Logansport Pharos-Tribune from Logansport, Indiana on May 27, 1962 · Page 6
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Logansport Pharos-Tribune from Logansport, Indiana · Page 6

Logansport, Indiana
Issue Date:
Sunday, May 27, 1962
Page 6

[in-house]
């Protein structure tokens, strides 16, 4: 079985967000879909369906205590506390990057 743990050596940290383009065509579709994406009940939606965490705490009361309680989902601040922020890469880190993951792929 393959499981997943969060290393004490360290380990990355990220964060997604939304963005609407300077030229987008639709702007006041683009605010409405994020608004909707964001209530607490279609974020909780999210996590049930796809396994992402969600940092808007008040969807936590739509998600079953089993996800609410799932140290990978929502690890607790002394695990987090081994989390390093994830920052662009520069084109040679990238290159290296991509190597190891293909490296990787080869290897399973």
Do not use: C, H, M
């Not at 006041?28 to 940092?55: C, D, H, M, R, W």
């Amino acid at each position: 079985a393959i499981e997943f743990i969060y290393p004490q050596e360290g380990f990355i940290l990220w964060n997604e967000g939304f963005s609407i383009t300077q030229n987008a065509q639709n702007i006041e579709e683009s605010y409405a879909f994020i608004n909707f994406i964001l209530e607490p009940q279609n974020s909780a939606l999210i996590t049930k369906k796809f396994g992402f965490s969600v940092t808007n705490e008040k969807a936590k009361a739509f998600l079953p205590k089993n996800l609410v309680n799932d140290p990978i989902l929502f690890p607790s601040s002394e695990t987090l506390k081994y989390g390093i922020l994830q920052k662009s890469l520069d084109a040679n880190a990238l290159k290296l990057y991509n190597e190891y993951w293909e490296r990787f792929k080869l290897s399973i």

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PAGE SK THE PHAROS-TRUKJNE and L0GANSPORT PRESS, I.OGANSPOET. INDIANA SUNDAY, MAY 27,1« Unique Chairman In Pulaski And Fulton Dr; Halleck Served For 20 Years WINAMAC - "If people with other responsibilities refuse to take part in politics, then our system ot government is bounc to fail. That is why I am willing lo take Ihe time and a lot of hard knocks." ' With these words, Dr. Harolc J. Halleck, brother of House Minority Leader Charles A. Halleck, explained why he had been willing to spend 20 of, his 59 years as chairman of the Republican party in Pulaski county. Doctors ordinarily don't have time to be • politicians too, bul both Dr. Halleck and Dr. Dean Stinson of neighboring Fulton county are playing this unique double role. Triple role probably would be more accurate, for both of them also have farms. Dr. Halleck has operated every type of 'farm machinery on his 460' acre farm, although he hasn't •taken an active part in farming "during the last five years. . DR. HALLECK first was elected GOP chairman in May, 1936, serving until June, 1942, when he resigned to enter the army medical corps. He was a lieutenant- colonel in World War II, serving as division surgeon with an fan,try* unit in Europe. Pulaski county had had three GOP chairmen in the short time before he returned and resumed the chairmanship in 1946. He served until 1952, when Lester Wilson, his protege, was elected. One term was enough for Wilson, so Halleck resumed the chairmanship in 1954, the position he has held ever since. : Before he became county chair, man, Dr. Halleck, handled the Campaign for the special election in January, 1935, which first sent his brother to congress. HE ACKNOWLEDGED that a desire to look after "Charlie's interests" in the second district has influencel his long political acreer. "However, I've lold him repeatedly that he'd run better if I didn't have the county chairmanship because I make enemies in patronage matters and they take it out by voting •against Charlie," Dr. Halleck .! commented. He .asserted that the Republican party has had< top'notch people as committeemen over the years. "The type of people you Dr. Harold J. Halleck, Pulaski county lican chairman, leafs through a medical magazine in his home while holding in his right hand a gavel used by his brother, Congressman Charles A. Halleck, when he presided as permanent chairman at the 1960 Republican national convention. (Staff [iholo) don't mind being county chairman for—dedicated people who aren't looking for hand-outs. "A county chairman's main duty to his organization is to try lo use his influence to encourage" ligh type .people to run for office. I believe that .is the key to the success of the Republican party in Pulaski county," he said. ACCORDING' TO Dr. Halleck, Pulaski county is slightly Democratic, but on only two occasions since 11)36 have the Republicans ,ost control of the board of commissioners, and each lime it was :or only two years. There hasn't aeen a Democratic commissioner elected for a second term in all ;hat time, he recalls. ' Dr. Halleck is bitterly opposed 5 President Kennedy's "medi- bill. tlie beginning wedge and after while they'll I lave control of the whole medical >rogram like they have in Eng- and, where the doctors are lamstrung," he said. "I want lo do what little I can to stem the tide of socialism n 'the United States." He'believes'this will be a good rear for the Republicans and predicts that the Indiana GOP will gain one new congressman in the fifth district, "People, resent it when a man is counted out like Chambers w,as two years ago," he declared. THIS YEAR for the first time Dr. Halleck is going to be a delegate to the state convention of his party, He has a two-fold purpose in wanting to be on the convention floor. "We've got Al Casl in the race for Superintendent of Public Instruction and' I want to get him nominated," Ihe said. He also has a political score to settle with Ihe state party faction that tried to beat him and his brother two years ago. Dr, Halleck and his noted brother ..inherited Iheir inlerest in politics from their parents, both of whom were atlorneys. The youngest graduate of Indiana university medical school in • his class, Dr. Halleck began practicing medicine in Winamac 35 years ago, in 1927. HE WAS elecled coroner in 1928 and 1930 but lost the office in the Democratic landslide of 1932. He was county health officer and had been a member of the Winamac school board nine years when he MONDAY and TUESDAY. SPECIAL POTATO CHIPS BOILED HAM GROUND BEEF itAWGE-JF WM-JYBLLOW-'RI RE BANANAS LEMONADE Van Camp [ PORK and BEANS large V Grade EGGS 69 We Reserve the Right to limit Quantities STORE HOURS Daily 8 a.m. to 6 ip.m. Fridays 8 a.m. to 9:30 p.m. Charcoal Briquettes Closed Memorial Day IBBERAlNIDWINE TO CARRY OUT resigned both jobs to enter the service in 1942. He has for nine years held an honorary job as a member of the Indiana World War Memorial Commission, the bipartisan group which has been engaged in a controversy with Governor Welsh recently over the use of the Memorial by the Indiana Civil Liberties Union. Dr. and Mrs. Halleck just returned home the first of May from their second trip to Europe since World War II. All three of their children are married. An active member of the Winamac Kiwanis club, Dr. Halleck served as its president in 1940. He'll probably continue his rolS as his brother's assistant! in the second district for many years to come despite his busy medical practice. * • Marine Team To Thailand WASHINGTON CAP) — Another 1,800-iman Marine battalion landing team has been put aboard 7th Fleet ships to replace the one landed in Thailand,' Pentagon sources said Saturday. This makes readily .possible quick reinforcement of U.S., forces in Thailand . if. an. emijrgency arises: • It is standard procedure to keep •a Marine 'battalion at sea with Ihe 7th Fleet's operating forces. But the Navy and Marine. Corps appeared to have moved wilhl unusual speed to fill up Ihe forward- deployed elements cruising: in waters offi Communist-endangered Southeast Asia. . The converted carrier ., Valley Forge, now used as a helicopter base for Marines, and |accom. panying transports whicN carry heavy weapons, supplies a:nd am. munilon for a battalion, ; apparently headed back for Gkinawa iromeditaely upon putting the 3rd Battalion of the 9th Regiment ashore. At Okinawa, the 1st Battalion of the 3rd Regiment, reinforced into an 1,800-man team, quickly embarked and the ships steamed out at once, to rejoin elements of the 7th Fleet. That force 'is presumed, lo be operating in the South-China Sea and along approaches to (he Gulf of Siam, within easy .reach of Thailand 'and 'South.Viet Nam for both. • ships and carrier -based planes" and helicopters. The 1st Battalion Landing Team is commanded'. By Lt. Col. Fred F. Harbin, 52-year-old, native Statesville, NIG., and veteran of Pacific campaigning in'' World War II. ••'••• The Jbattalion now afloat has the same foeefrup of men and equipment. . as that now deployed in Thailand at - Udbn, close '| to the border of'Laos.' It consists of artillery, tanks, ; a , rifle. battalion, trucks, amphibious tractprs — amounting to a self-contained and self-supporting force. . 1 The Army has its 1,200-inan 1st Battle Group from the 2!5th Infantry Division 'based riearJKhorat at a junction of rail, air and road routes which lead both northeastward and eastward towarjd Thailand's border with Laos, '! The group had. gone into That land several weeks ago ( |to participate in joint training 1 maneuvers with other forces | of the Southeast Asia Treaty Organization. ' ; An Army spokesman said that unless and until a decision is made to keep the 1st Battlje Group in Thailand for a prolonged paripd there will be no move t| fill up Army strength back in Hawaii. 'There is likelihood thai tht total 5,000-man U.S. force of.Am Marines and air .units will'.grow I beyond that figure. •• ; Dr. Stinson Party Chief Since 1953 ROCHESTER - Why does a busy doctor take the time to serve as a political party chairman when his life is hectic enough without taking on the added worries of" political leadership? Dr, Dean Stinson, just back from surgery at .Woodlawn hospital, swung around in his office chair to explain why he has been willing to serve as Fulton county Republican chairman since 1953. "The only way we're going to clean up our government is to have responsible citizens^ in it from precinct committeeman on up," he said. "That's the reason I accepted the job when it was offered to me.-^ • ' "MY FATHER and grandfather taught me that it is our duty to do what we are asked to do for our government. If the better class of people will get into politics and drop,the idea that it's dirty business, we'll have a much better government. Dr. Stinson is one of those rare politicians who never seeks any political plums for himself despite the fact that his county has been consistently in the Republican column. "That's the reason the precinct committeemen keep me in as county chairman," he chuckled. "They know they have a better chance of gettng poltical jobs because I can't take any." "Doc" Stinson, now 56, was no stranger to politics when he took over the party helm from Dean Neff upon the latler's resignation to assume the postmastership in 1953. He had been Fulton county coroner since 11134, and his father, the late Dr. Arthur (Dick) Stinson, previously had been coroner for 20 /years until the Roosevelt landslide of 1932. He and his father also were "doctoring" most of the precinct leaders .when they asked him to become party chairman. A GRADUATE of I.U. Medical School, Dean started .practicing medicine in Rochester in 1930. His father, who died four years ago, had been practicing since 1903. Dr. Stinson is strongly opposed to President Kennedy's attempt to tie hospital care to social security. "Nobody in our county is going without medical care," he declared. "Sometimes we're not paid for it, but I'd rather have it that way than have the government Dr. Dean Stinson, Fulton county GDI' chairman, writcit out a prescription for a patient in his Rochester office decorated with family and political pictures. At the top is an autographed photo of Former President Eisenhower wlilch he received in 1956. (Staff photo) tell me what:I can do and what I can't do. "The government can't give you anything without first taking it away from you," he warned. "As far as I'm concerned, Kennedy's a dictator," Dr. Stinson charged. "He's continually grabbing for more .power. I'm thoroughly against him having power to either raise or lower taxes. That's the business of congress." DR. STINSON believes we can expect more dictatorship "if we don't quit asking the state and national governments for handouts." It's lime for the local governments to tako over and it's also time for the ipeople to be showing genuine concern about the huge national dsbt, in the opinion of this veteran doctor. He also believes the Social Security system! should be run just like insurance. People should^ be permitted to retire at 60 or" 65 or 70 with- the size of their monthly payments determined by when they retire, in his opinion. Dr. Stinsotii believes that Republican prospects this year are belter than they were two years ago. 'WE'VE GOT to have Charlie Halleck and: Homer Capehart back in," he said Halleck as House Minority leader can help head off the socialistic trend in our government, and regardless of whaii the Democrats say, Capehart is a very good senalor." Dr. Sitinson will be going to the GOP slate convention next month with the determination to get two second district candidates nominated. One is Fulton county's own J. Van Brown, running for judge of the state appellate court, and the other is District Chairman Alvin Cast, candidate for stale superintendent of public instruction. The second district member of the state platform" commillee, Dr. Slinson will go to Indianapolis on Saturday, June 16, for another meeting of that committee. He will stay there until the conven- lion ends on the afternoon of June lit. LIKE HIS fellow physician county chairman, Dr. H. J. Halleck, Dr. Stinson is a Kiwanian and has farms to look after along with all of his other duties. He also is a member of the Masonic, Elks, Moose, and Odd Fellowu lodges, the Scottish Rite, the Shrine and part of the York Rite. He and his wife have six' ehiL drcn and 12 grandchildren so this unusual doctor - politician also must find somo time in his busy life for his family. And he does, as is evident from the pictures that cover his office walls, Wampler Resigns Post With WVIC WASHINGTON (AP)-President Kennedy has accepted the resignation of Fred Wamplcr of Tefre Haute, Ind., from the Wabash Valley Interstate Commission. In announcing the action, the While House said Wampler, a Democrat, resijmed because he is running for Congress. He was elected 6th District congressman in 1938, was defeated for reelection in 196 J, and was nominated on the Democratic ticket again in the primary earlier this month. MEET MONDAY The SPEBSQ!!A will meet at 8 p.m. Monday at the Chamber of Commerce, K'9 Fifth street, Wally Felty, vice president, will be in charge. Cover green peppers with boiling water and boil three to five minutes before stuffing and. baking. NEIGHBORHOOD NUISANCE! The smoke and odors of outdoor I/turners annoy neighbors. * There's a better way to dispose of trash and garbaye. There's a simple way to gelj rid of the smelly, smokey, repulsive outdoor burner ... get a completely automatic Gas Incinerator. Then you'll eliminate forever that unsightly back-yard nuisance. The Gas Incinerator does much more than dispose of your traslvand rubbish .... it also completely consumes your garbage . . . and frees you from those messy garbage can trips. You'll solve these offensive back-yard problems when you install a wonderful,.work-saving Gas Incinerator right,in your home. GET A '.% 1tte NORTHERN INDIANA PUBLIC SERVICE COMPANY